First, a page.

Myocardial Edema on T2-Weighted MRI
New Marker of Ischemia Reperfusion Injury and Adverse Myocardial Remodeling
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Importance of Evaluation of Ischemia/Reperfusion Injury by Magnetic Resonance Imaging
Although the advances in revascularization therapy have drastically decreased the mortality after ST-segment–elevation myocardial infarction (STEMI), the number of patients who develop heart failure after the reperfusion therapy continues to increase. More than 30% of the patients who survive STEMI develop heart failure long-term.1 Clinical studies have demonstrated that the larger infarct size (IS) and the resultant left ventricular dysfunction at the time of initial treatment significantly correlate with the likelihood of future adverse ventricular remodeling and arrhythmia.2 Thus, the efforts to minimize the IS by prompt reperfusion therapy is the primary rational in the treatment of STEMI in preventing heart failure and catastrophic cardiovascular events. Myocardial salvage determined by the initial perfusion defect, that is, myocardium at risk (MaR) and the final IS, is a surrogate marker of a successful reperfusion therapy to predict clinical outcome.3 Despite significant technological advances in the reperfusion therapy, myocardial reperfusion injury substantially decreases the myocardial salvage and increases the final tissue injury, which may account for ≤50% of the final IS.4 Even though various pre- or post-conditioning strategies, including stress (reversible ischemia, exercise, and hypothermia) and pharmaceutical intervention, may help to protect the heart from the ischemia/reperfusion (I/R) injury, the efficacy of these treatments has not been sufficiently demonstrated in clinical studies. Thus, a robust imaging modality to assess the I/R injury and predict future cardiovascular events addresses a critical unmet clinical need.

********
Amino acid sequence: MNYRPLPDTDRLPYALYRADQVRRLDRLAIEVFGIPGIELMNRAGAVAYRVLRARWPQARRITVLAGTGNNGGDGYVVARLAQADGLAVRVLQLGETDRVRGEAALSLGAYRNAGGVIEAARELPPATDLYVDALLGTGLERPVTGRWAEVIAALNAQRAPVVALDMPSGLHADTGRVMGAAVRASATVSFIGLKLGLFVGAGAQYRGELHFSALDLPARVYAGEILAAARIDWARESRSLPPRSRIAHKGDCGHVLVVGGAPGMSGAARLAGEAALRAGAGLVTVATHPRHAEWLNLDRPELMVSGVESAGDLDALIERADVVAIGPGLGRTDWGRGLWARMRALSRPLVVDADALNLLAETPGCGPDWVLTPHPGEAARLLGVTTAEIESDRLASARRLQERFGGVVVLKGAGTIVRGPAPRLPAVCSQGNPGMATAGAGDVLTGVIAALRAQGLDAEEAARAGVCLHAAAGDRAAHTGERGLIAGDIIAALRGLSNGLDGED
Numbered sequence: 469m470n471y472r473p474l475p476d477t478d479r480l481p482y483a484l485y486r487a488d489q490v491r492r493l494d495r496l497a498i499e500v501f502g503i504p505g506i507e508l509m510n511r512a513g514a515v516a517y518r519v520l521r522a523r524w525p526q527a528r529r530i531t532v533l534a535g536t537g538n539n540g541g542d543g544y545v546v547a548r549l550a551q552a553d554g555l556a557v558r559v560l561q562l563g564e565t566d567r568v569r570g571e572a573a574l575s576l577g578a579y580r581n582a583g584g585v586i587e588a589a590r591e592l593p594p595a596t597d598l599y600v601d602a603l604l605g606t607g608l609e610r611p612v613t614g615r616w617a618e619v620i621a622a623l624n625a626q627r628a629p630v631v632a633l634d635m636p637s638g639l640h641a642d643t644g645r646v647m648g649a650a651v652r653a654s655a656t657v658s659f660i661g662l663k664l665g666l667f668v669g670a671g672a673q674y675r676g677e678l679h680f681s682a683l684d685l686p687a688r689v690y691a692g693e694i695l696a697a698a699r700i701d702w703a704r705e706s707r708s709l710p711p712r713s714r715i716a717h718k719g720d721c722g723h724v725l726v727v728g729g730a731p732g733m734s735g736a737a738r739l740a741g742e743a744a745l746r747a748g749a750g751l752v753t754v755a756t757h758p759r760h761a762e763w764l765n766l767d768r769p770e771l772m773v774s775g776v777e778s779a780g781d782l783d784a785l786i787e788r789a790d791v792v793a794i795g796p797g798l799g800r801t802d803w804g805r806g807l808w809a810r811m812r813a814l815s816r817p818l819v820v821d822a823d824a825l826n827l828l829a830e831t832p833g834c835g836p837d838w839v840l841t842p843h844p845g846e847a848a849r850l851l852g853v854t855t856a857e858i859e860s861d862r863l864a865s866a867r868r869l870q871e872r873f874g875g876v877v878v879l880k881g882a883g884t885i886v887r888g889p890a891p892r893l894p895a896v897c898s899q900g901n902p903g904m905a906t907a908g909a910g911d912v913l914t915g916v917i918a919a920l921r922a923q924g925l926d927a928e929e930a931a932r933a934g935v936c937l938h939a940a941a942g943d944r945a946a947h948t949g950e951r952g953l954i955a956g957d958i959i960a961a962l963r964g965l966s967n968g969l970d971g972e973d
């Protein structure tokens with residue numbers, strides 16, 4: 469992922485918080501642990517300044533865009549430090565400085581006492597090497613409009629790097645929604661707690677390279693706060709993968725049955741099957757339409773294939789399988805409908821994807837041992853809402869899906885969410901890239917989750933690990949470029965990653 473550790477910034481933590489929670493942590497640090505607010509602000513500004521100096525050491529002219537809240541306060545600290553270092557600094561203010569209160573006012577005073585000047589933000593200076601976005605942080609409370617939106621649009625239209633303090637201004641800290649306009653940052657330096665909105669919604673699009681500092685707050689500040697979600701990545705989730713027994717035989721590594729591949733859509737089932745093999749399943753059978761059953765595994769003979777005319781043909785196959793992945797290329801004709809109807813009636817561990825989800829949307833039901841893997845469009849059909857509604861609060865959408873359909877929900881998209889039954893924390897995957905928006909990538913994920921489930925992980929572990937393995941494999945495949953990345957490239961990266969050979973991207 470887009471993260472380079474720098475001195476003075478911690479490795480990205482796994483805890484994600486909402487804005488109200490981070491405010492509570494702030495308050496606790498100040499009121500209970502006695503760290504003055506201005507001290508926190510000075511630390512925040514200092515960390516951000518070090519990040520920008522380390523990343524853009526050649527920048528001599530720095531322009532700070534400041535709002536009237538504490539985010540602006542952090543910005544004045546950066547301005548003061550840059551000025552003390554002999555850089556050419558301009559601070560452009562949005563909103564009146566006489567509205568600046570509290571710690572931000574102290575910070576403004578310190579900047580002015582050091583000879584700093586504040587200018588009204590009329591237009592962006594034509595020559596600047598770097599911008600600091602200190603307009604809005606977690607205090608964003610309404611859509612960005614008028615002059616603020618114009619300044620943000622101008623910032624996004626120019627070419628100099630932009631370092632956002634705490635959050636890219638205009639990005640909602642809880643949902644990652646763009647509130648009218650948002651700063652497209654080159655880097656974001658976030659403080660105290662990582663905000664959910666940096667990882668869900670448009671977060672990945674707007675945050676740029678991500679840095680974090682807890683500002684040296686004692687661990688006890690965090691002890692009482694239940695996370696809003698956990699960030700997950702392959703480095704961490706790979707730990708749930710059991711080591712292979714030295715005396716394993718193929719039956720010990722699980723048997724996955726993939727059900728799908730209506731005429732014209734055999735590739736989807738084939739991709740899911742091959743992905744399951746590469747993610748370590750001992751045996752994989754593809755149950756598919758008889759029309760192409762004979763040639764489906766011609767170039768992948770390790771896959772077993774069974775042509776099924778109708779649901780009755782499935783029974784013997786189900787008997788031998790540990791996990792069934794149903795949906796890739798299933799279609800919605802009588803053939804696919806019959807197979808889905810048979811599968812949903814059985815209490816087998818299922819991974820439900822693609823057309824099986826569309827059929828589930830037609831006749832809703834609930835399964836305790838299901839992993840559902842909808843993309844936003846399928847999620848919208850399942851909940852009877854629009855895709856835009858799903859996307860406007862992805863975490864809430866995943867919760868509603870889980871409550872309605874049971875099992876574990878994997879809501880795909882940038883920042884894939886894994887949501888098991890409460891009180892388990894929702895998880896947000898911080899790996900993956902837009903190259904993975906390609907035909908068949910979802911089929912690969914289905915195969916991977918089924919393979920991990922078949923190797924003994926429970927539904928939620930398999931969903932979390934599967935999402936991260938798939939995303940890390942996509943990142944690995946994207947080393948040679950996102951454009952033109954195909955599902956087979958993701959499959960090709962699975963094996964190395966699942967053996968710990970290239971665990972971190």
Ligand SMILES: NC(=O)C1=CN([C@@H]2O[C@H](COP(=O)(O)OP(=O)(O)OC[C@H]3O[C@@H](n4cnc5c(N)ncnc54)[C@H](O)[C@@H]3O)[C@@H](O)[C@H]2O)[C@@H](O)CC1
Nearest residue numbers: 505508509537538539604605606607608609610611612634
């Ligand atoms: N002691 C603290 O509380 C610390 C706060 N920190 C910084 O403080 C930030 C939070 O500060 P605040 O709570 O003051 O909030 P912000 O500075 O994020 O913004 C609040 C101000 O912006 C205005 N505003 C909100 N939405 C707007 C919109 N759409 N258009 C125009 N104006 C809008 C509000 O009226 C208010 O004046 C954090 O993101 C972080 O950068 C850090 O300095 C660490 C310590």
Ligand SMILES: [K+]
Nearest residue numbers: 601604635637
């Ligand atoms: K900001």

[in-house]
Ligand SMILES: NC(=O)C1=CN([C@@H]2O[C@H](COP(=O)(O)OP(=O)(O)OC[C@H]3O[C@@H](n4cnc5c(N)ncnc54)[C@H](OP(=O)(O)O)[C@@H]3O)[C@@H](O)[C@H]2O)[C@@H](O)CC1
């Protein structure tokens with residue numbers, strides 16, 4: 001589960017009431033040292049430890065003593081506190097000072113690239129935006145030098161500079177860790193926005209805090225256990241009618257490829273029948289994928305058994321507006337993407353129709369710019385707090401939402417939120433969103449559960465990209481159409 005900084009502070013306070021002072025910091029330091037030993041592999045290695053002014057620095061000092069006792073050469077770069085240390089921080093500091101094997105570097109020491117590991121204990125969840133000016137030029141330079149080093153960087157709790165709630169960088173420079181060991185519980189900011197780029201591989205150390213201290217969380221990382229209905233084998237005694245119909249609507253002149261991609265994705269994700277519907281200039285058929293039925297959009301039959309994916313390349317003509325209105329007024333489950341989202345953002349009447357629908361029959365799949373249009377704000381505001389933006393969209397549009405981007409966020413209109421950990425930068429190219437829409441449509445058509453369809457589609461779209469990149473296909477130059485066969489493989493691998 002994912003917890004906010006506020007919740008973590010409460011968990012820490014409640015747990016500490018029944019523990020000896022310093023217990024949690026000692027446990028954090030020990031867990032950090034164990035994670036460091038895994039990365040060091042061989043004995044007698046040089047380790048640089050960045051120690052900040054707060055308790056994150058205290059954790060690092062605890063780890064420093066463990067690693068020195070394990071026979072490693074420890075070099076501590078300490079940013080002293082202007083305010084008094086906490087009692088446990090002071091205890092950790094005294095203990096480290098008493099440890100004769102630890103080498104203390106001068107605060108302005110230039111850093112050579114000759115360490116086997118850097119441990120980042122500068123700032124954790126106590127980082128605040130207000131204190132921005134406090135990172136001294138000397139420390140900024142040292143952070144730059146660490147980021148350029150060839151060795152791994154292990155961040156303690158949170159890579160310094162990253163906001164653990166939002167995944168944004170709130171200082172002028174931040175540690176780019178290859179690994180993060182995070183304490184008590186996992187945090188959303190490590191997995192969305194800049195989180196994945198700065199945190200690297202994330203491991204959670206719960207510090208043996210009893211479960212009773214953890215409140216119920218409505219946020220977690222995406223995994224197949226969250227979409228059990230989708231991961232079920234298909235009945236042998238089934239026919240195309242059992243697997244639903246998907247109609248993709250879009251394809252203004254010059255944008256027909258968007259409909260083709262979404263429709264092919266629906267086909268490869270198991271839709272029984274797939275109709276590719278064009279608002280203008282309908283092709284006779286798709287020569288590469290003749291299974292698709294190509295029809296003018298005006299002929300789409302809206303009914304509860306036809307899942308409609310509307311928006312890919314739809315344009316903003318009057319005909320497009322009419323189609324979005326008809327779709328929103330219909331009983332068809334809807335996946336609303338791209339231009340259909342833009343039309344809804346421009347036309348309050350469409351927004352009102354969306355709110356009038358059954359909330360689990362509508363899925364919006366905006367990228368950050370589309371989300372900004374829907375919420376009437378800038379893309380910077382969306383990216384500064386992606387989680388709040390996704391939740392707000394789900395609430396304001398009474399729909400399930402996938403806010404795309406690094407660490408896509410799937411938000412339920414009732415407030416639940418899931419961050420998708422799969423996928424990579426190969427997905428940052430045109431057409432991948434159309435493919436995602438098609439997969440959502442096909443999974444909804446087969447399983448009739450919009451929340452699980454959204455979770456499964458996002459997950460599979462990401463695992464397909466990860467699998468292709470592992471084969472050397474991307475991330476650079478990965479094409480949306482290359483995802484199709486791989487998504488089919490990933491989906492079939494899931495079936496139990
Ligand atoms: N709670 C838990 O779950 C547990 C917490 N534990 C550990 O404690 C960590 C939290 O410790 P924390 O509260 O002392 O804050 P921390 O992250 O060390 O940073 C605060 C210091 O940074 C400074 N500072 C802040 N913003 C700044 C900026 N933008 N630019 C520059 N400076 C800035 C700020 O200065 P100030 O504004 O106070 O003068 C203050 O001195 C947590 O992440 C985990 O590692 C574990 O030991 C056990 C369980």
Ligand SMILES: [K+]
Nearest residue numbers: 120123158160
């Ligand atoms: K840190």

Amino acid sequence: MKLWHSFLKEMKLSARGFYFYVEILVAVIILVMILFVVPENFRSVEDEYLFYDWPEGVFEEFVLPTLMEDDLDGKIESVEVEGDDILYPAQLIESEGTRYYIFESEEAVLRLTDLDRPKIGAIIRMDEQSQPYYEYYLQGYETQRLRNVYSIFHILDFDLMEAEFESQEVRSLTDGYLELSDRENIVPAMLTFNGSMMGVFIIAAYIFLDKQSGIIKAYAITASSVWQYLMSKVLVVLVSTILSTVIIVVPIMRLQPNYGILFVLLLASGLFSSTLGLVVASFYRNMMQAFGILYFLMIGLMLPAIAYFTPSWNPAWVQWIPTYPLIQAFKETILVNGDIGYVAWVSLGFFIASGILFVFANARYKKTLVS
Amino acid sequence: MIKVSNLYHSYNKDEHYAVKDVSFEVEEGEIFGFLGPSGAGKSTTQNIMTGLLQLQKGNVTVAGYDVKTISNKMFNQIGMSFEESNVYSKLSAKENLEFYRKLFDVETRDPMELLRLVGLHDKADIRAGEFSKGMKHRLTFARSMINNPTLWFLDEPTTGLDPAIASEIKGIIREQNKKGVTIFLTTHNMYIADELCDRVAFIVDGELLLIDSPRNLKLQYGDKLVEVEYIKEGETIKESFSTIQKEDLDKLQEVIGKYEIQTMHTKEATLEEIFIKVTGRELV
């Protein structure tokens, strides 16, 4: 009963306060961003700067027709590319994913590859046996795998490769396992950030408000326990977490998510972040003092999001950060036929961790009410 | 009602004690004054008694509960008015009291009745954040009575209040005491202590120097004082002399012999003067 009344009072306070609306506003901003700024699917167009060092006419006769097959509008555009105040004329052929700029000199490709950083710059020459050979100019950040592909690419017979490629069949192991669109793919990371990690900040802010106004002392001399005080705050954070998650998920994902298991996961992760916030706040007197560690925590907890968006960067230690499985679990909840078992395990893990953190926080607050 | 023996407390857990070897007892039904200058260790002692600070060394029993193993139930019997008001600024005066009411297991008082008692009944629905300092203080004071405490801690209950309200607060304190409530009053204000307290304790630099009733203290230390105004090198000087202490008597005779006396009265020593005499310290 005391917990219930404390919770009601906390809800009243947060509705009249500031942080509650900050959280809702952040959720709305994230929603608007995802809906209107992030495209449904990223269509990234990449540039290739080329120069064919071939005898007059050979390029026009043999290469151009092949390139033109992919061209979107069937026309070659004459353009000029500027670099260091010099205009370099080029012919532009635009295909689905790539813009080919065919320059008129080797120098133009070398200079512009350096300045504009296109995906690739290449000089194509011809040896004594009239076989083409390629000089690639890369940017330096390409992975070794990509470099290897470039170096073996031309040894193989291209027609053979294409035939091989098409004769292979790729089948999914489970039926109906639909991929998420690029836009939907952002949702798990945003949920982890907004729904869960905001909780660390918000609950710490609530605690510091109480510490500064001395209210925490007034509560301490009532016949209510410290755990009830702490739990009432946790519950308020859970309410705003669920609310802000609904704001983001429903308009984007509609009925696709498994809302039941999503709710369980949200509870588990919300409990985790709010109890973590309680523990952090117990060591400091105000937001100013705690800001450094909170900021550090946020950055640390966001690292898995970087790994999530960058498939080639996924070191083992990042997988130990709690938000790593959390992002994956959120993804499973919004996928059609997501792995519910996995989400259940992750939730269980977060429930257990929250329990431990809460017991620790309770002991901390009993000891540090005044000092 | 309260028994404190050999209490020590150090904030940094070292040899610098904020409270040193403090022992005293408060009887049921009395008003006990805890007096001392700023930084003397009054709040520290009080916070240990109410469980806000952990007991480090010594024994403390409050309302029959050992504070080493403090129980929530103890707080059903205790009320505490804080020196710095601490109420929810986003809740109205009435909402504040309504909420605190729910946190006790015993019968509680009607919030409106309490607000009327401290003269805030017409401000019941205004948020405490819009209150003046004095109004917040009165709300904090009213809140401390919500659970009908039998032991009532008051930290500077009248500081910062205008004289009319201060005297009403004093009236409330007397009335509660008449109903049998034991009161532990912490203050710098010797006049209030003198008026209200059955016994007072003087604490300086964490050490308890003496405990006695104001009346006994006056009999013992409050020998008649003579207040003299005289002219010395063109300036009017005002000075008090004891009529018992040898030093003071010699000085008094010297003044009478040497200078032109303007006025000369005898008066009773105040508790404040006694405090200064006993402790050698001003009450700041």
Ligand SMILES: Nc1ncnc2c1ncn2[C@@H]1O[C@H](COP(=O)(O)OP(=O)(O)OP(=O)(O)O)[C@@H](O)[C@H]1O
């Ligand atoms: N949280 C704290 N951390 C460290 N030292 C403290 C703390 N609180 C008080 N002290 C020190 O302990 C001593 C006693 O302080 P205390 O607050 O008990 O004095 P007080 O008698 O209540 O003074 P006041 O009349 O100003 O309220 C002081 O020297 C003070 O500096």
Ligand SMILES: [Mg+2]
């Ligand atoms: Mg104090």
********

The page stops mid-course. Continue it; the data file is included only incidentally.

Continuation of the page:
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In ischemic heart disease, myocardial edema detected by magnetic resonance imaging (MRI) as high signal intensity on T2-weighted imaging (T2-WI) is a phenomenon associated with reperfusion. It is known that a permanent occlusion of the coronary artery leads to minimal myocardial edema.5 The restoration of coronary blood flow increases the swelling …